Prince of Wales and Duchess of Cornwall participate in REC ceremony as part of Hungarian visit
By Nathan Johnson
Thursday, March 18, was a very special day for the REC, as His Royal Highness The Prince of Wales and Her Royal Highness The Duchess of Cornwall paid a visit to the REC Headquarters in Szentendre. The visit was arranged in conjunction with the REC's 20th Anniversary and His Royal Highness's participation later that afternoon at a business roundtable in Budapest, arranged jointly by the British Embassy, REC and The Prince of Wales's Corporate Leaders Group on Climate Change.
After a warm welcome to His Royal Highness from President of Hungary Laszlo Solyom and REC Executive Director Marta Szigeti Bonifert, the 'royal visit' to Szentendre began inside the REC Conference Center with an interactive demonstration of the building's technical solutions. The Conference Center was retrofitted in 2008 and now operates as a zero-emissions building.
The visit also provided an opportunity to bring the royal couple up to date about REC efforts in the region. Three specific REC projects were introduced (My Friend Boo, Kyoto in the Home, and the Green Pack) and a brief presentation of previous REC achievements followed. Students taking part in a 'deforestation workshop' at the Conference Center also had an opportunity to greet the royal couple. Among those attending the presentation were President of Hungary Laszlo Solyom, Hungarian Parliamentary Commissioner for Future Generations Sandor Fulop, UK Ambassador to Hungary Gregory John Dorey, and Hungarian Ambassador to the UK Borbala Czako.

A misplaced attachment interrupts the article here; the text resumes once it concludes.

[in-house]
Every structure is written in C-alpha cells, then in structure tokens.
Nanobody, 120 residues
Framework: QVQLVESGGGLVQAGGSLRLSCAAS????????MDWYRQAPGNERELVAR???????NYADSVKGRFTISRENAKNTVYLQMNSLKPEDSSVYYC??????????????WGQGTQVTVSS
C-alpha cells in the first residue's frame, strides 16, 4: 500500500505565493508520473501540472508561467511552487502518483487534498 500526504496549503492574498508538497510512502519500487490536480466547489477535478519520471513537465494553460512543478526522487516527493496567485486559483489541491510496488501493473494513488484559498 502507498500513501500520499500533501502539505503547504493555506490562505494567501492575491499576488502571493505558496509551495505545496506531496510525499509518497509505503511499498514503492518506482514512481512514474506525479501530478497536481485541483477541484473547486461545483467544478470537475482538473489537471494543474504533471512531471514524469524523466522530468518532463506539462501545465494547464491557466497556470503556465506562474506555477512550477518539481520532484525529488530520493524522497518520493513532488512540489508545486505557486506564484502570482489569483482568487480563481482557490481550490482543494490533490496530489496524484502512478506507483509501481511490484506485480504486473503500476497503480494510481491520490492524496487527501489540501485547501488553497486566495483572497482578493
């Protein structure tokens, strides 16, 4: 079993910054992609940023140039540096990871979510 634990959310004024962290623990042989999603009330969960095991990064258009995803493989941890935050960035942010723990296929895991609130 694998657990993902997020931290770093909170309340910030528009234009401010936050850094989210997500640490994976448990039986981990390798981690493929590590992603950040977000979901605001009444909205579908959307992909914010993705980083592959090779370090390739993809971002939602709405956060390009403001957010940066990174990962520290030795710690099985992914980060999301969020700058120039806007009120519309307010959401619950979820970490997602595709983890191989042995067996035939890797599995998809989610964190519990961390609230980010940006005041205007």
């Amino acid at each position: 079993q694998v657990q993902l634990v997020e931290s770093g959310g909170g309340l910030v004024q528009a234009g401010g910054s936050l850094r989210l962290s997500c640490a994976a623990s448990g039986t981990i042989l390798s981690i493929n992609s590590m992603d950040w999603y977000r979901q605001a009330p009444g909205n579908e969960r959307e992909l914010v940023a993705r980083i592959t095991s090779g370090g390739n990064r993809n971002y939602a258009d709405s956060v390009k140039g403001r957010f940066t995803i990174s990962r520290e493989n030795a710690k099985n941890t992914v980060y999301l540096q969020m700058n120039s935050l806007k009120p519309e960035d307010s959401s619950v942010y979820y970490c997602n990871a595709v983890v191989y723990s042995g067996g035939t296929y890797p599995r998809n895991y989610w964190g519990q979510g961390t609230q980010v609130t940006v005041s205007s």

Quite naturally granted the opportunity to speak about the environment, Prince Charles spoke of his long-term belief in addressing root causes of the present global crisis - as opposed to merely responding to symptoms. He also urged for a paradigm shift away from 'classical' economic thinking, claiming that he has spent some 25 years attempting to persuade economists and business leaders that standard economic indicators, such as gross domestic product (GDP), are inadequate measures of wealth and prosperity. Such revelations are unsettling to conventional thinkers, he acknowledged, but are quite in agreement with scientists and people from other disciplines who are growing more confident and knowledgeable about promoting economy-based solutions to environment- and climate-based problems.
The festivities in Szentendre concluded with an outdoor ceremony during which the Prince and Duchess helped to plant a young Hungarian Oak (Quercus frainetto) in the REC arboretum just behind the Conference Center, accompanied by the arboretum's designer, Maria Lodovica Gullino from the University of Turin. After a particularly long and cold winter, some pleasant afternoon weather lent extra cheer to the proceedings.
After this momentous hour at the REC, the royal couple departed for Budapest, where Prince Charles was to take part in a special roundtable discussion at the Hungarian Academy of Sciences: 'Towards Low Carbon Economy in Hungary: Business Perspectives & Recommendations'. Presiding over the discussion were Sandrine Dixson-Decleve and Craig Bennett, respectively Director and Deputy Director of the Prince of Wales's International Corporate Leaders Group on Climate Change, and REC Executive Director Marta Szigeti Bonifert.